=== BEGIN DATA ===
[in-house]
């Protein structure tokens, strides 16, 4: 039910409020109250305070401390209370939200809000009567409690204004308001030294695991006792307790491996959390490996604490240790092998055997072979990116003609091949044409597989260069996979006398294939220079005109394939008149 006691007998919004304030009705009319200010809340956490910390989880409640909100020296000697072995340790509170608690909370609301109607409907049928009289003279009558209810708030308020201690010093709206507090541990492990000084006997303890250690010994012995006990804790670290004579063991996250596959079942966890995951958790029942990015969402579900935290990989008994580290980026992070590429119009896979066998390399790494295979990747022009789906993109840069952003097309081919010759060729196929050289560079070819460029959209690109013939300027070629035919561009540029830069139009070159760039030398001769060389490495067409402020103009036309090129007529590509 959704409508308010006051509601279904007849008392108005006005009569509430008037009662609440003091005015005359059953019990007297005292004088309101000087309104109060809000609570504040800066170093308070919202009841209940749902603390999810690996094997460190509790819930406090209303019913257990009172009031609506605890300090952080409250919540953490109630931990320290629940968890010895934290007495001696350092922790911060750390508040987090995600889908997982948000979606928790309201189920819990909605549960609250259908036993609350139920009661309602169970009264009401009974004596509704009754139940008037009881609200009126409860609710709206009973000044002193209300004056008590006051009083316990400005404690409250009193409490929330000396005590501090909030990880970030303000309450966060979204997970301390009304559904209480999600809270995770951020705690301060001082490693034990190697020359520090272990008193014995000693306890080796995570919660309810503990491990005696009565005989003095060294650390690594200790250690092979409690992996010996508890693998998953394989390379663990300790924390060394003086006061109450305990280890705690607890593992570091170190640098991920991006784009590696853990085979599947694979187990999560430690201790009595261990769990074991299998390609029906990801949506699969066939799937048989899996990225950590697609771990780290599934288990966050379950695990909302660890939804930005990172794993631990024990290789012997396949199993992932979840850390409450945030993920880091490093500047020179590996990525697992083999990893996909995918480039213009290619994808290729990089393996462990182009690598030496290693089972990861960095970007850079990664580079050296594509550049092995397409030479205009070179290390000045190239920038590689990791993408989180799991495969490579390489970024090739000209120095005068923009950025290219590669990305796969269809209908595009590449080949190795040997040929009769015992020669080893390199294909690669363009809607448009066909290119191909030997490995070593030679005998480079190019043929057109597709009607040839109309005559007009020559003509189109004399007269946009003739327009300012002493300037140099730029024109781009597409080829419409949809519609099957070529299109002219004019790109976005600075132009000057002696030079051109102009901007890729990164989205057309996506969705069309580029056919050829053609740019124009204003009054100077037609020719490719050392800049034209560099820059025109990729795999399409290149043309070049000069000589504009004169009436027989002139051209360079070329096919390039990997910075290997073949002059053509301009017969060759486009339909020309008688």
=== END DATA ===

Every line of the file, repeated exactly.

[in-house]
């Protein structure tokens, strides 16, 4: 039910409020109250305070401390209370939200809000009567409690204004308001030294695991006792307790491996959390490996604490240790092998055997072979990116003609091949044409597989260069996979006398294939220079005109394939008149 006691007998919004304030009705009319200010809340956490910390989880409640909100020296000697072995340790509170608690909370609301109607409907049928009289003279009558209810708030308020201690010093709206507090541990492990000084006997303890250690010994012995006990804790670290004579063991996250596959079942966890995951958790029942990015969402579900935290990989008994580290980026992070590429119009896979066998390399790494295979990747022009789906993109840069952003097309081919010759060729196929050289560079070819460029959209690109013939300027070629035919561009540029830069139009070159760039030398001769060389490495067409402020103009036309090129007529590509 959704409508308010006051509601279904007849008392108005006005009569509430008037009662609440003091005015005359059953019990007297005292004088309101000087309104109060809000609570504040800066170093308070919202009841209940749902603390999810690996094997460190509790819930406090209303019913257990009172009031609506605890300090952080409250919540953490109630931990320290629940968890010895934290007495001696350092922790911060750390508040987090995600889908997982948000979606928790309201189920819990909605549960609250259908036993609350139920009661309602169970009264009401009974004596509704009754139940008037009881609200009126409860609710709206009973000044002193209300004056008590006051009083316990400005404690409250009193409490929330000396005590501090909030990880970030303000309450966060979204997970301390009304559904209480999600809270995770951020705690301060001082490693034990190697020359520090272990008193014995000693306890080796995570919660309810503990491990005696009565005989003095060294650390690594200790250690092979409690992996010996508890693998998953394989390379663990300790924390060394003086006061109450305990280890705690607890593992570091170190640098991920991006784009590696853990085979599947694979187990999560430690201790009595261990769990074991299998390609029906990801949506699969066939799937048989899996990225950590697609771990780290599934288990966050379950695990909302660890939804930005990172794993631990024990290789012997396949199993992932979840850390409450945030993920880091490093500047020179590996990525697992083999990893996909995918480039213009290619994808290729990089393996462990182009690598030496290693089972990861960095970007850079990664580079050296594509550049092995397409030479205009070179290390000045190239920038590689990791993408989180799991495969490579390489970024090739000209120095005068923009950025290219590669990305796969269809209908595009590449080949190795040997040929009769015992020669080893390199294909690669363009809607448009066909290119191909030997490995070593030679005998480079190019043929057109597709009607040839109309005559007009020559003509189109004399007269946009003739327009300012002493300037140099730029024109781009597409080829419409949809519609099957070529299109002219004019790109976005600075132009000057002696030079051109102009901007890729990164989205057309996506969705069309580029056919050829053609740019124009204003009054100077037609020719490719050392800049034209560099820059025109990729795999399409290149043309070049000069000589504009004169009436027989002139051209360079070329096919390039990997910075290997073949002059053509301009017969060759486009339909020309008688």